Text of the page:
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Amber Moly Jug

Amber Moly Jug

Regular price $98 USD
Regular price Sale price $98 USD
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Tan and amber moly crystalline.

approximate h 5" x diam. 3.5"

Wabi-sabi is a Japanese philosophy that finds beauty in imperfection and accepts the natural cycle of growth, decay, and death. It's deeply rooted in Zen Buddhism and emphasizes simplicity, authenticity, and the appreciation of objects and environments as they naturally age. Wabi-sabi is about the appreciation of the transient and the imperfect, celebrating cracks, asymmetry, and roughness as markers of time and existence rather than flaws.

In the context of ceramics and art, wabi-sabi manifests as an appreciation for pieces that embody these principles. A wabi-sabi style ceramic vessel, therefore, would likely feature irregular shapes, textures that may include cracks or uneven glazing, and a natural, subdued color palette. These characteristics are not seen as defects but as essential elements that highlight the material’s natural beauty and the artist's hand in its creation.

Forms of wabi-sabi art extend beyond ceramics, touching various aspects of design and living—from architecture and interior design to gardening and everyday objects. Common characteristics include:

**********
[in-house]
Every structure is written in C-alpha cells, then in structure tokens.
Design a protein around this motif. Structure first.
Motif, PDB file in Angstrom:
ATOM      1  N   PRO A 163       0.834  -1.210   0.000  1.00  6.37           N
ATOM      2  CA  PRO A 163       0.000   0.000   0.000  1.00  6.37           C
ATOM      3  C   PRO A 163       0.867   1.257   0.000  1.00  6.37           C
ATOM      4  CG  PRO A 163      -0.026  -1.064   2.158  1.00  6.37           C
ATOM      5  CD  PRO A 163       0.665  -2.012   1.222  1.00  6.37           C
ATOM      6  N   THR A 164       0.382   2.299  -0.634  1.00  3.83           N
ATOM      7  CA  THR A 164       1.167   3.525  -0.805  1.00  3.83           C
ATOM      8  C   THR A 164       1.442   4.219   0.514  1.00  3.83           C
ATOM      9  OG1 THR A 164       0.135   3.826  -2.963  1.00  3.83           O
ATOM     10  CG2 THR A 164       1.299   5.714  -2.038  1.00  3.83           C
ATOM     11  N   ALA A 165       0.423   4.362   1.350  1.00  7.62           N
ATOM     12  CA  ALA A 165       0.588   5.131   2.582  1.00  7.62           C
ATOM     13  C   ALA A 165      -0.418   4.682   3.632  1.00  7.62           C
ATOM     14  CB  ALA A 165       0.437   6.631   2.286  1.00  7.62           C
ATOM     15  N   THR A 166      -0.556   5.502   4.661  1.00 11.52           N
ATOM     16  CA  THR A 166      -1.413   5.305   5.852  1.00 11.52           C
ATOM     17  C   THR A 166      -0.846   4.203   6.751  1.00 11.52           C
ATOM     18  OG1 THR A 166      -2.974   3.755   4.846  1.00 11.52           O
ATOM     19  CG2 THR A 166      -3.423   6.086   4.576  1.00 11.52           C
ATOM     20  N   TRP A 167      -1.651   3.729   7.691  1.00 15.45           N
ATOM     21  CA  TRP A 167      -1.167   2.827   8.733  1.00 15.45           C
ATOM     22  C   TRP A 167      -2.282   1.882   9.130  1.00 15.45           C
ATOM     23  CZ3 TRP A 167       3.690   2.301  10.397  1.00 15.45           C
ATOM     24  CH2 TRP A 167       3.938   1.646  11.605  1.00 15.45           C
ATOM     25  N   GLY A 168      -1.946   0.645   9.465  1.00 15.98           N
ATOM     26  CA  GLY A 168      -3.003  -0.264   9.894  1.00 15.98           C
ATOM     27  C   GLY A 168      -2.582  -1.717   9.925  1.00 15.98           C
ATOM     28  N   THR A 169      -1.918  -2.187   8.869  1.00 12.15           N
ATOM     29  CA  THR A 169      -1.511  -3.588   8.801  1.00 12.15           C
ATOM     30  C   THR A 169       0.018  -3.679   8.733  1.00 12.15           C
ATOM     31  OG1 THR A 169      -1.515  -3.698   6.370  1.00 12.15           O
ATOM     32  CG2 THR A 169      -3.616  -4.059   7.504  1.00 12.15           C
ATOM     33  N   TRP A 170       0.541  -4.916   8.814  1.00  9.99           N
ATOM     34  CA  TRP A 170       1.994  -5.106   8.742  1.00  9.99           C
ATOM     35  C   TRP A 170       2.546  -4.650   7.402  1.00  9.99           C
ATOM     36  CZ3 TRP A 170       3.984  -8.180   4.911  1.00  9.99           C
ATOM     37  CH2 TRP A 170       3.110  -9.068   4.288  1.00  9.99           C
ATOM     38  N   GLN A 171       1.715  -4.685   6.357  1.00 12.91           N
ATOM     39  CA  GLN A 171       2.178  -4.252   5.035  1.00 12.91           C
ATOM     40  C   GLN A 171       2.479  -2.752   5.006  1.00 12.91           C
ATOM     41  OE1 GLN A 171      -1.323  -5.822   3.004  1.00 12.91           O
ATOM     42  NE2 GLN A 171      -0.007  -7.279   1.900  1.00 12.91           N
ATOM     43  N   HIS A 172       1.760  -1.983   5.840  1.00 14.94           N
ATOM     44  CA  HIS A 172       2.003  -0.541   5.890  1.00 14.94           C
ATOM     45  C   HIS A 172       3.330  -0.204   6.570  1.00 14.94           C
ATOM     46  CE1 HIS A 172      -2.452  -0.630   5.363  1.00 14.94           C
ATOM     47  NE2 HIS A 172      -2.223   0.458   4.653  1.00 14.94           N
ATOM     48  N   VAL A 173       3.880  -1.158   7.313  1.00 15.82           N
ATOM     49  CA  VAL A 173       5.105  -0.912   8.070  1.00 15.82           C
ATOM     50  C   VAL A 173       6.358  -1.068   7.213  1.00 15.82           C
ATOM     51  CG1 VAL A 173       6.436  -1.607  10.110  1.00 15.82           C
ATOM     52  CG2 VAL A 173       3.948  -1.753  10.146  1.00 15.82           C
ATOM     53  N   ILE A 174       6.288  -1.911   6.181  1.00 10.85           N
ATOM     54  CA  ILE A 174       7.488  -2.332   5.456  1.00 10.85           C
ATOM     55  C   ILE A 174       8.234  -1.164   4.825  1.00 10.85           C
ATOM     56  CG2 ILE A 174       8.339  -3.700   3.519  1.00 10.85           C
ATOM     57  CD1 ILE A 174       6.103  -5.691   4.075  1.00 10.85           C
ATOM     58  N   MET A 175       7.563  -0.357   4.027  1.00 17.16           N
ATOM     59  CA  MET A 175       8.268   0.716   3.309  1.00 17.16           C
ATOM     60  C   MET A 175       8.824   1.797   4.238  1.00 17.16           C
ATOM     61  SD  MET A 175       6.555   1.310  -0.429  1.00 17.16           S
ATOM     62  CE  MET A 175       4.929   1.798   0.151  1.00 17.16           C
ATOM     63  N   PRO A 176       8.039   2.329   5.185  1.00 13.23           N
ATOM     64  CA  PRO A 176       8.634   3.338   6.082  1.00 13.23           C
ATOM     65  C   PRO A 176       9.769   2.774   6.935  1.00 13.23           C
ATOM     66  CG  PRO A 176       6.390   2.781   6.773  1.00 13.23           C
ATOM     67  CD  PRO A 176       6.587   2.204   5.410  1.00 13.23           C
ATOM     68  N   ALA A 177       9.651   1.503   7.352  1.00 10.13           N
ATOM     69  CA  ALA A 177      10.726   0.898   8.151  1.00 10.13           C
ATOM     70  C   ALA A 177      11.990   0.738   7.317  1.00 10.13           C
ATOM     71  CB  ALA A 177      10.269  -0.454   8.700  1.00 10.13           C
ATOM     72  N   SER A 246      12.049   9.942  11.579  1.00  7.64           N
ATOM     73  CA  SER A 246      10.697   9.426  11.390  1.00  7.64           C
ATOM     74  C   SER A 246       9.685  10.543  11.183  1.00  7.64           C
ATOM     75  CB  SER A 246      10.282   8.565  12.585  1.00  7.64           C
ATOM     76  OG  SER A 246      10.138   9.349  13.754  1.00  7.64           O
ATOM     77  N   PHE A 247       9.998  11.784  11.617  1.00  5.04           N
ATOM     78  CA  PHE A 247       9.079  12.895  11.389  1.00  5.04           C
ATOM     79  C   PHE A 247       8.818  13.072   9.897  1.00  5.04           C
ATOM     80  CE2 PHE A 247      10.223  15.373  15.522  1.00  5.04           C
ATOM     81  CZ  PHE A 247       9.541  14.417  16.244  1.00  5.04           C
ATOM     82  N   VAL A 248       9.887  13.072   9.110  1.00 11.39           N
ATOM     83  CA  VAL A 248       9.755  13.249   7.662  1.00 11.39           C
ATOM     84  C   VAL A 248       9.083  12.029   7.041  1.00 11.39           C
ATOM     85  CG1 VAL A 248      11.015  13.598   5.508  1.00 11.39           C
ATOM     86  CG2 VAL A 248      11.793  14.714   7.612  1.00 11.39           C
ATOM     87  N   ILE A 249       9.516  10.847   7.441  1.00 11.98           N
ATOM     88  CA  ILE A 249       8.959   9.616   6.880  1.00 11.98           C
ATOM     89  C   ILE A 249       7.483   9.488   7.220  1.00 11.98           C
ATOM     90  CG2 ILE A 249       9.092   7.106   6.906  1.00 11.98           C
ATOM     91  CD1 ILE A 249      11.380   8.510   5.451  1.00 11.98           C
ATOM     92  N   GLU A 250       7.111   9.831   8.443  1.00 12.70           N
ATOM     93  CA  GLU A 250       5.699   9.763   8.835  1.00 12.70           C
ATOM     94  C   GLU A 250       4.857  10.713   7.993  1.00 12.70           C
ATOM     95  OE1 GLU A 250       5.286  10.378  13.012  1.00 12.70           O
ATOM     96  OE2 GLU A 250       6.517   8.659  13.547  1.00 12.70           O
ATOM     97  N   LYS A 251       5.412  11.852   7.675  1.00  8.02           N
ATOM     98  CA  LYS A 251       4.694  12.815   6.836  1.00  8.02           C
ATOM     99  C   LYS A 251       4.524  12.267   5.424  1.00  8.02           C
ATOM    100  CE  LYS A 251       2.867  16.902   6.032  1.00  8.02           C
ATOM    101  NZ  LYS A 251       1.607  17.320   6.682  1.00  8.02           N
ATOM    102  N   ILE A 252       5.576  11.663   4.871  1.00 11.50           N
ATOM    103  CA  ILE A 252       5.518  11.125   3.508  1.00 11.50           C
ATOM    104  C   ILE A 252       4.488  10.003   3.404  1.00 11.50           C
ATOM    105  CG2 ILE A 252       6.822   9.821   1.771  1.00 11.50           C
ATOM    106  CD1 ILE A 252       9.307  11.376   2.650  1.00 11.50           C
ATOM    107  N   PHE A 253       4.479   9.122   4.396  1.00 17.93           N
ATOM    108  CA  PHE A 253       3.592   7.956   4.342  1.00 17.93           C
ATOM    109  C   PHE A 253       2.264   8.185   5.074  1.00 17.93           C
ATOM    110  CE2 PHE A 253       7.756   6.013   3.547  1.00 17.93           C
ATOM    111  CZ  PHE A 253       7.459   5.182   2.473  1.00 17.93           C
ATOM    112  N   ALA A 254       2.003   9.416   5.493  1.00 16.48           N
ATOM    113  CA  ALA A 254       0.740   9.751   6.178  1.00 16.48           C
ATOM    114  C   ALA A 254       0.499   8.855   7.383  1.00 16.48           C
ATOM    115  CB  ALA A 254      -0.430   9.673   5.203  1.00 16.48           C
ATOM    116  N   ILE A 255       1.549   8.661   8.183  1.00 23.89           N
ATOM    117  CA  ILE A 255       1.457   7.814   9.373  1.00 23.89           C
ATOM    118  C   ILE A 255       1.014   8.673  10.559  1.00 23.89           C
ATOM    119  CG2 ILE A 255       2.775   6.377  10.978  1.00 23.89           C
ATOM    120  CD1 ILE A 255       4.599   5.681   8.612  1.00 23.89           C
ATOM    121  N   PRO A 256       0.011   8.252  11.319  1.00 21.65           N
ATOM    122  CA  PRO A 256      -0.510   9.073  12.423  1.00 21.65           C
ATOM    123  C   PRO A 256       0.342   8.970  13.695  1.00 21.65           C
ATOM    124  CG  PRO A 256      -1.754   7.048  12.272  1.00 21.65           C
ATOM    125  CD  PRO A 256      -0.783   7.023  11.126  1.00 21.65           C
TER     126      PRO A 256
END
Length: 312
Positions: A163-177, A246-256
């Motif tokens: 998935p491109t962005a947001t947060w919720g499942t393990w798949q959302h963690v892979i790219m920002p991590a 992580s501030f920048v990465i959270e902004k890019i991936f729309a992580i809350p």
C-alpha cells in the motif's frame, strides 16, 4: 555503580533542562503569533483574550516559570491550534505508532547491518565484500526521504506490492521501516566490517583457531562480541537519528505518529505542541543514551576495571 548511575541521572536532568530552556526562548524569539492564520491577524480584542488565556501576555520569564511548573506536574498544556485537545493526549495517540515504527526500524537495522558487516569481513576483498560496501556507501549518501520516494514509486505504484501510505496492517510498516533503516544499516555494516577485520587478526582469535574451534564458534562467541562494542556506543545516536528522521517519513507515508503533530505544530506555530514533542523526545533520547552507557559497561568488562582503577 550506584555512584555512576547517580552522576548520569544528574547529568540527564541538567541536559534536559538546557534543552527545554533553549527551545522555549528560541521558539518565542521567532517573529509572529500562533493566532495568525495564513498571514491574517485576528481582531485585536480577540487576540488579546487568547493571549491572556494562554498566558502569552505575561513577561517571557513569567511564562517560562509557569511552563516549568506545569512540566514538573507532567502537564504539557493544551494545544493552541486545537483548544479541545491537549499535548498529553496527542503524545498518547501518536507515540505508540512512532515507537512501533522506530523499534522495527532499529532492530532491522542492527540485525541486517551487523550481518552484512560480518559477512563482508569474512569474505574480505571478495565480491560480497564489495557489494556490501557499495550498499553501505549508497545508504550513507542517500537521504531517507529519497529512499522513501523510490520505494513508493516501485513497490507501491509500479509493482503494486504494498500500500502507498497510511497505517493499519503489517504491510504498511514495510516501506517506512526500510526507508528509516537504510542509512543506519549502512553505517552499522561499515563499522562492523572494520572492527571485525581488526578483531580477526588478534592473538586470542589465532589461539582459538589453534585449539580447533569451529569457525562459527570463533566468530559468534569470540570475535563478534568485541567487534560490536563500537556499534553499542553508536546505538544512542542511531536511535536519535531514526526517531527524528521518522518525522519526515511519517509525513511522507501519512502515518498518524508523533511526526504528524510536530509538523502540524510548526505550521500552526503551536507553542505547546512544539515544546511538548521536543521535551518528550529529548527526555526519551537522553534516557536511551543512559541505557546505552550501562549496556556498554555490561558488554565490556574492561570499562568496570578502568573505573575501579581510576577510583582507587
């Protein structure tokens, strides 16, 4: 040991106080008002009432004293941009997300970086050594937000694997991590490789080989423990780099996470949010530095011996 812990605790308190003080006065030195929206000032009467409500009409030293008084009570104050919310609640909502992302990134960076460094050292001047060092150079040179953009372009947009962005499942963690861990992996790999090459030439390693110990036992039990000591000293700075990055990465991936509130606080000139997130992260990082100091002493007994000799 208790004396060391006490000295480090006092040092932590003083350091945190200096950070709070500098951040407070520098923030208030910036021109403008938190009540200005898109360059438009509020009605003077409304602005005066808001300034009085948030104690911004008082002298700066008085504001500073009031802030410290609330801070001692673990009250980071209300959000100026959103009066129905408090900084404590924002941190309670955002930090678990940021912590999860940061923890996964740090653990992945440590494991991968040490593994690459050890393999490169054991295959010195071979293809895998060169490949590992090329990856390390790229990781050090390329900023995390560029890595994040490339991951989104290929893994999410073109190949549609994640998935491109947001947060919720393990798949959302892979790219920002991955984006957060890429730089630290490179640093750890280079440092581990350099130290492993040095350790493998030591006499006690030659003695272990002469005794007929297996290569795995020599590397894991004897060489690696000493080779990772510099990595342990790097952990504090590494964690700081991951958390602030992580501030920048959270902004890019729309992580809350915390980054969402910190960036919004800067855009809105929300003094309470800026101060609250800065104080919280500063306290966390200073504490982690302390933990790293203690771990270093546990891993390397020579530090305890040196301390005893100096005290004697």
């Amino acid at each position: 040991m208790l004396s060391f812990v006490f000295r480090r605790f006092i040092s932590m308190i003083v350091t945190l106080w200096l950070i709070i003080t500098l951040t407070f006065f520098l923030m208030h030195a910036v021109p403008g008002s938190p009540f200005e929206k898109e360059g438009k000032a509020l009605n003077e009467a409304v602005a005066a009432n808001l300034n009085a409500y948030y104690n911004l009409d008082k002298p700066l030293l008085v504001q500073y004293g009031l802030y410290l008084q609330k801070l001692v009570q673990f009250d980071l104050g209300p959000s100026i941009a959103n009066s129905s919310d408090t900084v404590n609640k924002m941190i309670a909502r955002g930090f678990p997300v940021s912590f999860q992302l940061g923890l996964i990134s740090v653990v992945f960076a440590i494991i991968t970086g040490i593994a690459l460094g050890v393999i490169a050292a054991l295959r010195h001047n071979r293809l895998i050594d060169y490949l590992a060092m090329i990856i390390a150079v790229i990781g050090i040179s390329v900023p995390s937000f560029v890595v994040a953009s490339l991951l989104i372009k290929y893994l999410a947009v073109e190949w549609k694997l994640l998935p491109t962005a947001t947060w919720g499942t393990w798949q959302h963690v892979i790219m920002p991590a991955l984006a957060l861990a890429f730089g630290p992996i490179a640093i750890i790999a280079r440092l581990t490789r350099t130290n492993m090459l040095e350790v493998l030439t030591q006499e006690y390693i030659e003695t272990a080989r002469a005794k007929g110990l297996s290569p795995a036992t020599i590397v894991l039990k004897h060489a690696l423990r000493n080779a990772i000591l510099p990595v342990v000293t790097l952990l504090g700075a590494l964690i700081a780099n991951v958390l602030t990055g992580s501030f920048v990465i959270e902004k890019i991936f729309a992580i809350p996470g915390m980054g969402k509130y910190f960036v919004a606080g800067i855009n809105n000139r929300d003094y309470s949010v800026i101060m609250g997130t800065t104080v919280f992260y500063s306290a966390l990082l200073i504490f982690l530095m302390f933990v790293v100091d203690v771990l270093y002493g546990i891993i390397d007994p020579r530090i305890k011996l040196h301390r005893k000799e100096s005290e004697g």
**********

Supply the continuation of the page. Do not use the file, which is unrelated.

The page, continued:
- Natural Materials: Using materials that show their age and wear naturally over time, like wood, stone, and metal.
- Asymmetry and Irregularity: Embracing uneven, unforced shapes and layouts in design and art.
- Simplicity and Minimalism: Focusing on the essentials in a way that brings peace and tranquility to the space or object.
- Texture and Variability: Appreciating the tactile qualities of materials and the variations in their appearance.
- Subdued Colors: Preferring colors that blend harmoniously with nature, often muted or earthy tones.

Wabi-sabi art is not about creating something in a traditionally "beautiful" way but about expressing the authentic essence of nature and human life. It encourages us to see the beauty in the "imperfect," to slow down, and to recognize the profound in the simple. In embracing wabi-sabi, there's a deep acknowledgment of the beauty that comes with natural processes and the passage of time.

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